Great War (1914-1918): The Society and Culture of the First World War discussion

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Literature > World war one trench diaries 1916 & 1917

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message 1: by Steelwhisper (new)

Steelwhisper | 76 comments Very interesting!


message 2: by KOMET (new)

KOMET | 73 comments You may also wish to check out the following book ~

Comrades-In-Arms: The World War I Memoir of Captain Henri de Lecluse, the Count of Trevoedal by Roy E. Sandstrom

Capt. Henri de Lecluse, a French aristocrat, was recalled to the army in 1914 at the age of 46. He commanded an elite cavalry unit in the campaigns of 1914, 1915, and 1916 in northern France; nearly annihilated, his cavalry squadron was reformed as infantry. After two years of horror in the trenches, de Lecluse, then 49, was deemed too old for combat and transferred to the rear. His recently discovered memoirs are unlike anything written by veterans of World War I. Not a diary but a collection of 37 individual chapters devoted to descriptions of artillery bombing raids, night patrols, atrocities, deaths of friends, battlefields strewn with bodies, and mud, mud, mud.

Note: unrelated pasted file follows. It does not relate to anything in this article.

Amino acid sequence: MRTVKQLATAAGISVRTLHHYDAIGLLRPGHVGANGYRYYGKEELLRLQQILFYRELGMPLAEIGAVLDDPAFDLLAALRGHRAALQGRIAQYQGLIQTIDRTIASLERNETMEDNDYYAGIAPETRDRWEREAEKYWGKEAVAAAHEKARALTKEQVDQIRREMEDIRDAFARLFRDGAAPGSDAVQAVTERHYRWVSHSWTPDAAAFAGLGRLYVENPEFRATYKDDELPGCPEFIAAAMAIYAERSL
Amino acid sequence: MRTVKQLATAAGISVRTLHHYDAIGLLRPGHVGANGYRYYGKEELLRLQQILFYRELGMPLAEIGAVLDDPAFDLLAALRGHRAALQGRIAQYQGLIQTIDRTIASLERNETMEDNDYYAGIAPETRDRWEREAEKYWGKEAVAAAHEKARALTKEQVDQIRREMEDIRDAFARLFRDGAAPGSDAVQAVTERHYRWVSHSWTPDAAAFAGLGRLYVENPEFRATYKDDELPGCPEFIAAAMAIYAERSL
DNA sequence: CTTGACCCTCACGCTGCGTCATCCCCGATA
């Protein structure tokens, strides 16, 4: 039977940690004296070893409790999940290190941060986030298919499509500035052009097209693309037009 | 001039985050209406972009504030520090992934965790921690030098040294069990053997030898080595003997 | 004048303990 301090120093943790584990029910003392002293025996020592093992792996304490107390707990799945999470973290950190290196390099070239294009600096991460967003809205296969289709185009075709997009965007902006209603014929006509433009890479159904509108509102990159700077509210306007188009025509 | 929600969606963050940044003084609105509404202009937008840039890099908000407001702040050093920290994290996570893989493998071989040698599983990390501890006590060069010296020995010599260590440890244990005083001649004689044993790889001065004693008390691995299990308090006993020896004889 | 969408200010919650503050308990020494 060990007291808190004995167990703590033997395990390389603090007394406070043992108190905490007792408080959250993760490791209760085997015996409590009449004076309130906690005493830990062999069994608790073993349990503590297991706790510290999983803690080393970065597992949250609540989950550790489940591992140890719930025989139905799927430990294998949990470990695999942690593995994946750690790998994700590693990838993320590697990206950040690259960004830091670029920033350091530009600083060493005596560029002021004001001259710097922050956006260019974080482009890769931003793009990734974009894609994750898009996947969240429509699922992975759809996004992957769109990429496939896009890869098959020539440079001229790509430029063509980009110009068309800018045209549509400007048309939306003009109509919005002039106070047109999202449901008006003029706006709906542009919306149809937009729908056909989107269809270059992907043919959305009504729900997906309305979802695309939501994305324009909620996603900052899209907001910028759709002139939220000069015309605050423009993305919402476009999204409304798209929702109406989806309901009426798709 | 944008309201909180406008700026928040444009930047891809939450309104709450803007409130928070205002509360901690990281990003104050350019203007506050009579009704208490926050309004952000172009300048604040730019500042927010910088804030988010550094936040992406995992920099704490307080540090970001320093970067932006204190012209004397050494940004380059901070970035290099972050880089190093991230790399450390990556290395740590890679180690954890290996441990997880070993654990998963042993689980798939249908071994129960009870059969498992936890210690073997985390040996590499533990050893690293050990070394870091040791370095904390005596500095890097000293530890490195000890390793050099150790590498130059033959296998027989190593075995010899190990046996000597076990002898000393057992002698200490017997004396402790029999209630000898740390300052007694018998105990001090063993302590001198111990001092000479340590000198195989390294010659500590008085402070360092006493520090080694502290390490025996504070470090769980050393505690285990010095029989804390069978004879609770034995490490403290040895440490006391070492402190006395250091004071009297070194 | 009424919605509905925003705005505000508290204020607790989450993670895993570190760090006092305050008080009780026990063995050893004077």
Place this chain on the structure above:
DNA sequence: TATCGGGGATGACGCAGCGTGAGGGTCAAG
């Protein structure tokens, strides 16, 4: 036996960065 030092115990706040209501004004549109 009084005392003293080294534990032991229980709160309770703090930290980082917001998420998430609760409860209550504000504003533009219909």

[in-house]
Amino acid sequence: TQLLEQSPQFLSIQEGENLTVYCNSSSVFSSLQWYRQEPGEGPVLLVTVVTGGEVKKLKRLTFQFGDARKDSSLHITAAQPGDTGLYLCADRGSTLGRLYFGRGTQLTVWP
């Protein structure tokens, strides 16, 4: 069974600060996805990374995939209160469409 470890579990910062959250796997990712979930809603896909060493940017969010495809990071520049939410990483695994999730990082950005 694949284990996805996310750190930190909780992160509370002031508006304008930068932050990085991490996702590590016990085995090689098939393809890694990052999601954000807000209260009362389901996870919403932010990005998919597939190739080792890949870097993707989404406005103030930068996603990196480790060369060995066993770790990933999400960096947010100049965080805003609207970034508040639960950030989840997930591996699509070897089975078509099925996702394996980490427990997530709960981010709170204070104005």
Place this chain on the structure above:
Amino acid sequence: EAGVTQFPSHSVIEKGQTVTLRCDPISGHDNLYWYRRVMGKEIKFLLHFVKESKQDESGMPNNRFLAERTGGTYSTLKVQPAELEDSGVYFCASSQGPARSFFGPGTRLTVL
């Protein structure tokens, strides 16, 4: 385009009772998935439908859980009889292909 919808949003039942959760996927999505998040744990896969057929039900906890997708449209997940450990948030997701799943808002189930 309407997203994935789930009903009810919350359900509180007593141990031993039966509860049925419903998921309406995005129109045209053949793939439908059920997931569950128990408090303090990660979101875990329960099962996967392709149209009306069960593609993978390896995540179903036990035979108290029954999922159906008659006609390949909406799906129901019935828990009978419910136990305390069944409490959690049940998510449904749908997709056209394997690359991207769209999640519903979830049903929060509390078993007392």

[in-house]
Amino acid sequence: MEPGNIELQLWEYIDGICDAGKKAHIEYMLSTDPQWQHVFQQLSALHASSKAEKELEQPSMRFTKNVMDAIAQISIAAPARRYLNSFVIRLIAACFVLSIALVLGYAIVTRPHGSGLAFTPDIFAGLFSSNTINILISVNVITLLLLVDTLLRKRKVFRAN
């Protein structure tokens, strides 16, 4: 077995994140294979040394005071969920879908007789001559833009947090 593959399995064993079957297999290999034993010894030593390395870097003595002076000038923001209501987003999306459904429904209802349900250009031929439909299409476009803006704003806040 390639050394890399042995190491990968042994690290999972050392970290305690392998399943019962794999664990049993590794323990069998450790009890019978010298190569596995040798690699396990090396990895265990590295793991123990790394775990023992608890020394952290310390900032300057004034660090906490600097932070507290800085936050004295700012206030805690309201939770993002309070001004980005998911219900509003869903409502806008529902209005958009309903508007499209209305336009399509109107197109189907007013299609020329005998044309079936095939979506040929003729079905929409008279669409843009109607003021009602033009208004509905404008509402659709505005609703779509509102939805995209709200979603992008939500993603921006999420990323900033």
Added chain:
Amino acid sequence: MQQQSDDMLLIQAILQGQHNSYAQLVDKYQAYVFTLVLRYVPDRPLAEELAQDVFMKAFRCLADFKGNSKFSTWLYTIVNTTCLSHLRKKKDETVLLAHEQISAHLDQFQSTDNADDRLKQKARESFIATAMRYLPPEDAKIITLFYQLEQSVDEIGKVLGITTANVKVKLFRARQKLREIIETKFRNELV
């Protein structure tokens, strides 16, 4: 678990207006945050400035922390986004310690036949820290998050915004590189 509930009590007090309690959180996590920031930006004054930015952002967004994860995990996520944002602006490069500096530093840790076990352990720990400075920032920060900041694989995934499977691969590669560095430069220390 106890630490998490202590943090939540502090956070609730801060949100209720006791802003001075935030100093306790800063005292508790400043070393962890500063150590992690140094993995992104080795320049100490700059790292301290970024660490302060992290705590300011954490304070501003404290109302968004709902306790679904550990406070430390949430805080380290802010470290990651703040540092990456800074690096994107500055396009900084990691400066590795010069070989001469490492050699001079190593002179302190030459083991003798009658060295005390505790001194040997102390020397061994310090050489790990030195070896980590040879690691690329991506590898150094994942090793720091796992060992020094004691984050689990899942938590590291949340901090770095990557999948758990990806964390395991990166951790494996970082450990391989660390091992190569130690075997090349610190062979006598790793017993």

This powerful and passionate account of the Western front is brilliantly written by a man who, in later life, emigrated to the United States and became a professor of French literature at Grinell University.

Comrades-In-Arms The World War I Memoir of Captain Henri de Lecluse, the Count of Trevoedal by Roy E. Sandstrom


message 3: by Steelwhisper (new)

Steelwhisper | 76 comments Oh goody! Thanks, that's the sort of book I have been looking for! :)


message 4: by M.K. (new)

M.K. For a day by day account of WWI, try Letters of Agar Adamson, edited by Norm Christie of CEF Books. It's an astonishing account of the war through the almost daily letters Agar (a Captain and later Major) writes to his wife Mabel. From the minutia of please send me socks to the horrors of men dying in the trenches, it's a fascinating read.


message 5: by Steelwhisper (new)

Steelwhisper | 76 comments It is a bit dear at nearly £30

O.o


message 6: by M.K. (new)

M.K. That's too bad ... I bought it at the Vimy Memorial site and it wasn't that much.


message 7: by Steelwhisper (new)

Steelwhisper | 76 comments Amazon has it at £29.97.


message 8: by KOMET (new)

KOMET | 73 comments I highly recommend the book "Riding Into War: The Memoir of a Horse Transport Driver, 1916-1919" by James Robert Johnston.